22nd October 2020
Sweet potatoes are an important dietary staple and source of income across many parts of sub Saharan Africa, with some varieties providing an important source of Vitamin A for households. However, work to understand the potential impact that climate change will have on this crop and the people who depend upon it lags far behind the major internationally traded cereal crops of wheat, rice and maize. Evidence for Development is working with the Walker Institute on a new project funded under the UK Global Challenges Research Fund which will develop improved sweet potato crop models, as well as extend the modelling capability of EfD’s software (OHEA and OIHM) on the IDAPS platform to include micronutrient analysis.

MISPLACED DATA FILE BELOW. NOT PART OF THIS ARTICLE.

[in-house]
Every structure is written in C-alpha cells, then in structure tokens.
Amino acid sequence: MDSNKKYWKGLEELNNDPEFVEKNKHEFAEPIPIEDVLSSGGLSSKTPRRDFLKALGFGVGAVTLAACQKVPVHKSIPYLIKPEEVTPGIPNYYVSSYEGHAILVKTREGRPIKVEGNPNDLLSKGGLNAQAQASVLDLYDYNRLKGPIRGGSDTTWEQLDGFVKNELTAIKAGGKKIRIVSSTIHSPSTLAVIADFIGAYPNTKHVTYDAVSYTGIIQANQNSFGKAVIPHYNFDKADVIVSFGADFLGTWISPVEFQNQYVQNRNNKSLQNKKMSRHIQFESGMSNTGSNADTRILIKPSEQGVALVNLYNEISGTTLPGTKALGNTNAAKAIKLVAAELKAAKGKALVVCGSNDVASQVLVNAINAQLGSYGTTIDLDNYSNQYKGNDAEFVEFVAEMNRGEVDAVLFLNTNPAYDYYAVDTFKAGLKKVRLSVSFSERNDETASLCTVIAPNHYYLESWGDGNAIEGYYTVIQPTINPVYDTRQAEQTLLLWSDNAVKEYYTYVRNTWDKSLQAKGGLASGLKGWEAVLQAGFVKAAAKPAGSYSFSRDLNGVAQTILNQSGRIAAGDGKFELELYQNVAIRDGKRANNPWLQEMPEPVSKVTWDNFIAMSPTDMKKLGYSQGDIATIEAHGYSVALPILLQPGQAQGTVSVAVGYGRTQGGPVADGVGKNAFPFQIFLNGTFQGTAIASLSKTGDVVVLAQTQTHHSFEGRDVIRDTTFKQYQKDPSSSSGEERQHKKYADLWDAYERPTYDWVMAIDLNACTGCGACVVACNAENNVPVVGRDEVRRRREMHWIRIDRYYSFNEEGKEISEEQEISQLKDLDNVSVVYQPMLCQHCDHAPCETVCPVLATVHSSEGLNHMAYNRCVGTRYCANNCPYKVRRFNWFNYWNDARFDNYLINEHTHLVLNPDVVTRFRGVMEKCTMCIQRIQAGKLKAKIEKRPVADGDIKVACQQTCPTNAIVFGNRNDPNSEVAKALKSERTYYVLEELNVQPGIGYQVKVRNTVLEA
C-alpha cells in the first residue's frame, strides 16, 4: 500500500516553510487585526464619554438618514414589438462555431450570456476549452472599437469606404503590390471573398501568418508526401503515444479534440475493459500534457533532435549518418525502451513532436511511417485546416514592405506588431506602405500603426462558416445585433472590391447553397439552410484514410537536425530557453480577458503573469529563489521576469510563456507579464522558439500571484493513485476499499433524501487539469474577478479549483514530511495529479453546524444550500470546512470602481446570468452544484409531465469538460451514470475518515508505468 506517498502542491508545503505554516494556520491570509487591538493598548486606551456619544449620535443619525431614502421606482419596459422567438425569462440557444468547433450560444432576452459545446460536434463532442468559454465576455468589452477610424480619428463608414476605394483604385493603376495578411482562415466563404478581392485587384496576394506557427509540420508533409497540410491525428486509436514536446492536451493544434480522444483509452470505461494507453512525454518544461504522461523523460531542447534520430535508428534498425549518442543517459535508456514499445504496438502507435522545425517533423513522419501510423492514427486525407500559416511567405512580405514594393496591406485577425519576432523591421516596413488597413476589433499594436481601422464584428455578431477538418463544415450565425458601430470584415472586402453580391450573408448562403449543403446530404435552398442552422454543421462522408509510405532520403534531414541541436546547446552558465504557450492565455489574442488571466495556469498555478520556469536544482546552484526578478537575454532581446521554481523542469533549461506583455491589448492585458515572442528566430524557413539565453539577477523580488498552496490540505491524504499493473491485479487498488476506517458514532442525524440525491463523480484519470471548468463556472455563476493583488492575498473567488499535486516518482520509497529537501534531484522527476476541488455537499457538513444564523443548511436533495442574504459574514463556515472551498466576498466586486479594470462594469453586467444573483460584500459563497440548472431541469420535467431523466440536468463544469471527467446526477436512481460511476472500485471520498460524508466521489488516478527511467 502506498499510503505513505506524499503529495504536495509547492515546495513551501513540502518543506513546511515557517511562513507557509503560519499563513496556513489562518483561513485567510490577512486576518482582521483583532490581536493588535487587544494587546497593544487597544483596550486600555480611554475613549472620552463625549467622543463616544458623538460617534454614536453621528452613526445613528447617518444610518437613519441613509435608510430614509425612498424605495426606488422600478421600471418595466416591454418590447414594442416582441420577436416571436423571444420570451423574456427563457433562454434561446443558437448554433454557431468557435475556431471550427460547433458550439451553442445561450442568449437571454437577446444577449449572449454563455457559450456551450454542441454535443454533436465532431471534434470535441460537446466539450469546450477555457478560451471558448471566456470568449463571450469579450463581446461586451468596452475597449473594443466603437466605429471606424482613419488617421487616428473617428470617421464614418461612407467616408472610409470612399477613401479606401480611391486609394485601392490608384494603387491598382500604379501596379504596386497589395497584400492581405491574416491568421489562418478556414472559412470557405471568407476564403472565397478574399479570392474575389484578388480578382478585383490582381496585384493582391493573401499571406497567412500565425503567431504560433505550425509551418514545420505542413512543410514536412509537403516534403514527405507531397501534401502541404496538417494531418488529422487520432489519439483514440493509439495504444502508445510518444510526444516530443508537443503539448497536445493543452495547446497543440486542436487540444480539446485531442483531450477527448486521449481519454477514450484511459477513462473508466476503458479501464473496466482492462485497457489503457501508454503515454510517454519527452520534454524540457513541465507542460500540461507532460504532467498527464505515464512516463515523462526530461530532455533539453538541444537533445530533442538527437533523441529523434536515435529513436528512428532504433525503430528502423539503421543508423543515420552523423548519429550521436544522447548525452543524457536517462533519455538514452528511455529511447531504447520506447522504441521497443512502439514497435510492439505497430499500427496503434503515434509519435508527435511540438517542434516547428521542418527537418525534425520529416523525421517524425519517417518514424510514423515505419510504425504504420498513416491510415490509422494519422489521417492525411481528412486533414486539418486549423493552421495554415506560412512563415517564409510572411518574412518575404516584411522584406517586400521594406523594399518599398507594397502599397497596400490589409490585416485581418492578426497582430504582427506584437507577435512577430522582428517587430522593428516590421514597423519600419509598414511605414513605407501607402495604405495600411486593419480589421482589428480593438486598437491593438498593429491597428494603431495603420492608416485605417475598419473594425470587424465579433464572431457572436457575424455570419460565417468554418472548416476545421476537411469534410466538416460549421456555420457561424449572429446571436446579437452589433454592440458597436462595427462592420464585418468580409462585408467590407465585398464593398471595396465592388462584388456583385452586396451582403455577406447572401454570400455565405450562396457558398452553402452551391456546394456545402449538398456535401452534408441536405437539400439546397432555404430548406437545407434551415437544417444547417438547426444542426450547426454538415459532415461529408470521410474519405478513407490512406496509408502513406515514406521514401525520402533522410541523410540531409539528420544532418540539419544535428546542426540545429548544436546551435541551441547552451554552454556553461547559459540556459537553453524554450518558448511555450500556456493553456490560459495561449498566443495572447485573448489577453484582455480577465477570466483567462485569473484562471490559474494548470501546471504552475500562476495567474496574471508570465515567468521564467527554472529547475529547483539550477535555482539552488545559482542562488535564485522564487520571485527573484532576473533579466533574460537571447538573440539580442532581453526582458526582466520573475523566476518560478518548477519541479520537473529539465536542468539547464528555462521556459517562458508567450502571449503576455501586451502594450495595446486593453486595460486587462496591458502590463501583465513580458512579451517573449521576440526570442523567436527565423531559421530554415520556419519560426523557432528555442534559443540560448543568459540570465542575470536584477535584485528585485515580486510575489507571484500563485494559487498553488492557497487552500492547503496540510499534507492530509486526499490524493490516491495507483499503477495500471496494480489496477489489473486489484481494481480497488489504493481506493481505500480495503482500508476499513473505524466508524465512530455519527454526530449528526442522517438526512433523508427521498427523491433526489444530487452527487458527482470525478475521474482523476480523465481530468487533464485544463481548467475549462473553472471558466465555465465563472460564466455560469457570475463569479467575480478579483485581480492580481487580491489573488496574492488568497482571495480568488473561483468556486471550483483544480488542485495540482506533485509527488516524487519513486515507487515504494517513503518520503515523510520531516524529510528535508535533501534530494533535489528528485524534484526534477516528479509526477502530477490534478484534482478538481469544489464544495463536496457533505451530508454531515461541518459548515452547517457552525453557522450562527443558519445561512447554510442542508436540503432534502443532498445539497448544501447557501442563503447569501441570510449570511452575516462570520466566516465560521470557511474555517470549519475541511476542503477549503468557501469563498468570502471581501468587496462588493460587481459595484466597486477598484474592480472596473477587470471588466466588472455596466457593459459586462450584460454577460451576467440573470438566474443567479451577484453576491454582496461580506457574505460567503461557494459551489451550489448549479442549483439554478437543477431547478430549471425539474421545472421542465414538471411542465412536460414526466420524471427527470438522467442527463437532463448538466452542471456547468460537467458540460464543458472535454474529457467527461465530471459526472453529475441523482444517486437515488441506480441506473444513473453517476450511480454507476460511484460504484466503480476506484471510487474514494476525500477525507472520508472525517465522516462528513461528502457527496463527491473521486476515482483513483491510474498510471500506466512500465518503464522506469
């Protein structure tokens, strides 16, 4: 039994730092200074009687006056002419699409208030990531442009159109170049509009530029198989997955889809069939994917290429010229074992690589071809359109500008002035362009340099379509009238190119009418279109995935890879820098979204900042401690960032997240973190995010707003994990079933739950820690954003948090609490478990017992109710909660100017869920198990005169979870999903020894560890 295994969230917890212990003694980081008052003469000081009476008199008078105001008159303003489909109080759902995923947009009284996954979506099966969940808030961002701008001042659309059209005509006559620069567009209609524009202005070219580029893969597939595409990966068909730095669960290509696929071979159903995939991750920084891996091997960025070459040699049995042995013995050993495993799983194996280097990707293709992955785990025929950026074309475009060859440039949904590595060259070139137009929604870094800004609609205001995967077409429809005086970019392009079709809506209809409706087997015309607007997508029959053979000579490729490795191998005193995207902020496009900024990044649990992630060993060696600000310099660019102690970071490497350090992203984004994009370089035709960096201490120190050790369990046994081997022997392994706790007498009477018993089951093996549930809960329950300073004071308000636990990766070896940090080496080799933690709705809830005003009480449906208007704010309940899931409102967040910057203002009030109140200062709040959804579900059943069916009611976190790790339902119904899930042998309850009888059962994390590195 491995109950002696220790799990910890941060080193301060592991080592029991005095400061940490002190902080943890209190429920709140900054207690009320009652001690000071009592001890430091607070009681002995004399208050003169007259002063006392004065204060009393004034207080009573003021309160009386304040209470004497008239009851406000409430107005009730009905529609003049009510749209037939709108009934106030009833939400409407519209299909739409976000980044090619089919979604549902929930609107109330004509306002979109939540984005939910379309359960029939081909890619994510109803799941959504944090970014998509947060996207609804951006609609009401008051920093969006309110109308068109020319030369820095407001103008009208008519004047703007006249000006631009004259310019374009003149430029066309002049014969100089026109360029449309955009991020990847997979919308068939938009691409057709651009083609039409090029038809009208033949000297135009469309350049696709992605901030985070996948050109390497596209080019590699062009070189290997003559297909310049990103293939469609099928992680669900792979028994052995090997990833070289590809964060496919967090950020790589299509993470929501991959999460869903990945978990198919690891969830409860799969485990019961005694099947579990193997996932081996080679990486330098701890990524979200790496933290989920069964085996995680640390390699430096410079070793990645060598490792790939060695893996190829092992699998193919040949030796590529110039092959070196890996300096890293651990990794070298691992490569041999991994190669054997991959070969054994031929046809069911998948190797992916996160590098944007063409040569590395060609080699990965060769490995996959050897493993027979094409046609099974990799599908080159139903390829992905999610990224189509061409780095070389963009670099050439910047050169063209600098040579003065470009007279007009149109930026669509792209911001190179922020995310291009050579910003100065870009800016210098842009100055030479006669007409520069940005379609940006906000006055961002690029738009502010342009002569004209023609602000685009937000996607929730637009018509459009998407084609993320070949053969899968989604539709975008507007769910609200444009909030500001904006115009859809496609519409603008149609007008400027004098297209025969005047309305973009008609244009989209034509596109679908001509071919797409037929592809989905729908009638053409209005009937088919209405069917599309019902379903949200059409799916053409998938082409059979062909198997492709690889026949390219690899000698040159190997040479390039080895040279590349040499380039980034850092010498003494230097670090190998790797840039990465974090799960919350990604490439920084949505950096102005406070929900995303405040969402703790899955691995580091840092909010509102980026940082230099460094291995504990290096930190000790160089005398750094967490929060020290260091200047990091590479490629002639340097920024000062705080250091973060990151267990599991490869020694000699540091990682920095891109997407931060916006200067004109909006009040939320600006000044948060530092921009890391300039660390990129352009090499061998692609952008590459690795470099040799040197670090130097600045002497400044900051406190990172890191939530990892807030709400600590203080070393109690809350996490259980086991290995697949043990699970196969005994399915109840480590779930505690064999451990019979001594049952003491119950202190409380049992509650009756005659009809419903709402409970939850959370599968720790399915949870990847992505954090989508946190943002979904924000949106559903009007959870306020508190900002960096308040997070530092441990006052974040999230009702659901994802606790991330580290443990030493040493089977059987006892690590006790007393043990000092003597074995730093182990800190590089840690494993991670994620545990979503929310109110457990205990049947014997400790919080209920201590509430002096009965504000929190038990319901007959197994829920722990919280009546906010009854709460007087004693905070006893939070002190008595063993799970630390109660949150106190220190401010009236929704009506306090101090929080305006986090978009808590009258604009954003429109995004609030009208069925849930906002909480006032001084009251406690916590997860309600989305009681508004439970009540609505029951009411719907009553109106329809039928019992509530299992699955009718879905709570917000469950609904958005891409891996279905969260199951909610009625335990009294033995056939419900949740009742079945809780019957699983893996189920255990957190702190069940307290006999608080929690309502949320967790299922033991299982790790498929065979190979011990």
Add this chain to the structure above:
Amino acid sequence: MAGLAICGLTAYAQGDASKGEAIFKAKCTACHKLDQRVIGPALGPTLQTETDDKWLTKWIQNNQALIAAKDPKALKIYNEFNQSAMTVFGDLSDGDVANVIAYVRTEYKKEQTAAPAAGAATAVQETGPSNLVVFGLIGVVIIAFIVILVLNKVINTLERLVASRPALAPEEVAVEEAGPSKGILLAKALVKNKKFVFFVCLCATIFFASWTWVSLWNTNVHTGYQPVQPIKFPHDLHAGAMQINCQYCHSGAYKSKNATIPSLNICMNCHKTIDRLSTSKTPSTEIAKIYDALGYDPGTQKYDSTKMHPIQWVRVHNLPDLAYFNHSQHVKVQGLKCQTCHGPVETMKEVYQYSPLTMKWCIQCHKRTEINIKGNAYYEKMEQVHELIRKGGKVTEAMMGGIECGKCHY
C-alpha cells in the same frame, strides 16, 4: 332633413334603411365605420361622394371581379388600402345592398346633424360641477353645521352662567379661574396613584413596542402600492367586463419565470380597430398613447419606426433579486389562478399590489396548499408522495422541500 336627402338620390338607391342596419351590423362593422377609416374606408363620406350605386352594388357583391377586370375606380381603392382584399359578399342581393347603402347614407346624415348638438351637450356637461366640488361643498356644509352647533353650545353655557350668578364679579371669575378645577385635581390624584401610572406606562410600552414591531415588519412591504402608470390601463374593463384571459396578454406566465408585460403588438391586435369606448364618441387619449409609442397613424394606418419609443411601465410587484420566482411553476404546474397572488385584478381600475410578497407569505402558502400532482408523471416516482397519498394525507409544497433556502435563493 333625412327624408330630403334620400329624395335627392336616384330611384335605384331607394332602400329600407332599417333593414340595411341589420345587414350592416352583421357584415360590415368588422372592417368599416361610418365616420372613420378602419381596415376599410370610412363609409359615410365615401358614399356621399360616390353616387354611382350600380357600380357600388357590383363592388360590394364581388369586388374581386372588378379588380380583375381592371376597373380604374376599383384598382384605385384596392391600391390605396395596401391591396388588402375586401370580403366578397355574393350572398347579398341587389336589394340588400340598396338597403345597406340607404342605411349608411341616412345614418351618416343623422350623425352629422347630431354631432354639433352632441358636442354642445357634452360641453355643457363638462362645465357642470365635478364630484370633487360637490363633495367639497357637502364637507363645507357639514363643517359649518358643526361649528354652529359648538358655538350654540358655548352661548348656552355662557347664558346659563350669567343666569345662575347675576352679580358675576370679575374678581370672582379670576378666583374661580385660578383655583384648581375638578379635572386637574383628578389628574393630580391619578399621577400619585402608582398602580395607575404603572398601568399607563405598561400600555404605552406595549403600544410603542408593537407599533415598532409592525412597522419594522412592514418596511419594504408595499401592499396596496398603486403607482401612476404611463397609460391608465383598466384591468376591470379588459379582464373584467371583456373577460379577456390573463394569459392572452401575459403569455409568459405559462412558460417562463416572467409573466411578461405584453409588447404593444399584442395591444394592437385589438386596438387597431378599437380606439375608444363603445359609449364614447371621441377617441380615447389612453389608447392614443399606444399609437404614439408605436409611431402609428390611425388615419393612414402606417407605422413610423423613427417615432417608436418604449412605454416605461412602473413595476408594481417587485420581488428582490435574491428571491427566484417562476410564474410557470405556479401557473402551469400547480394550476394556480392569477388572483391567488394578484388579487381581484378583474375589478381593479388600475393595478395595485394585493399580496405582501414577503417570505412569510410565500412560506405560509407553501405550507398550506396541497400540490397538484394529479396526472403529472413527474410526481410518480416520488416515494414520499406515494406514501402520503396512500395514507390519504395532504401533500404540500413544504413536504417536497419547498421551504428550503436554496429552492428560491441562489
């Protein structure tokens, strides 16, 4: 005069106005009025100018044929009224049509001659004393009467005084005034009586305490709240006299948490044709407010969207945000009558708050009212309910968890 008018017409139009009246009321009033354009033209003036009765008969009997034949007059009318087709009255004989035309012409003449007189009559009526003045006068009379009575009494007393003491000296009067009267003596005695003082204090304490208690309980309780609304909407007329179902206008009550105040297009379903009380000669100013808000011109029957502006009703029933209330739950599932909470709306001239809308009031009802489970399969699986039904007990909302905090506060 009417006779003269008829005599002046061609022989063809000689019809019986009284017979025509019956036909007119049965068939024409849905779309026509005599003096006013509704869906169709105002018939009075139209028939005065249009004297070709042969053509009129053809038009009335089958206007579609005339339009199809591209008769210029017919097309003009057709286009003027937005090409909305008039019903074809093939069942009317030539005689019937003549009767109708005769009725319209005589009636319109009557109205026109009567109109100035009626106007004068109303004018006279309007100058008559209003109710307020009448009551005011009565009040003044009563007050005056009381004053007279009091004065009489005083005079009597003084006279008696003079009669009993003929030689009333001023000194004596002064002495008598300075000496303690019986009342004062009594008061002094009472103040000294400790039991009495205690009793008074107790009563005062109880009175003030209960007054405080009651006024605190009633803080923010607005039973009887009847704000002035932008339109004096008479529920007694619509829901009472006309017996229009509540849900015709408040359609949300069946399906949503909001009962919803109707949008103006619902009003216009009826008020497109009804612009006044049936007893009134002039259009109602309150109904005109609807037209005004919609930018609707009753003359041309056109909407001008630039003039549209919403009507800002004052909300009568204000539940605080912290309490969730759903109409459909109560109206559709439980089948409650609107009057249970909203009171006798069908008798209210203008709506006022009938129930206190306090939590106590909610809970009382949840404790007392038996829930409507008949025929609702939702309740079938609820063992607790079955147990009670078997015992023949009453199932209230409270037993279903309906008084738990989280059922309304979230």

As part of this project, sweet potato grown in areas of Uganda we are already working in (as part of the HyCRISTAL and NIMFRU projects) are being sampled and collected, freeze dried and transported to the University of Reading for lab analysis. The reason we are sampling in these areas is that we already have both HEA and IHM data for the collection sites, and this will enable us, to investigate the contribution of households’ own sweet potato production to their overall Vitamin A needs.
The software specification for micronutrient analysis has been developed in close collaboration with nutrition scientists at the University of Reading. This is expanding the capability of our software to help us to better understand dietary deficiencies at household level.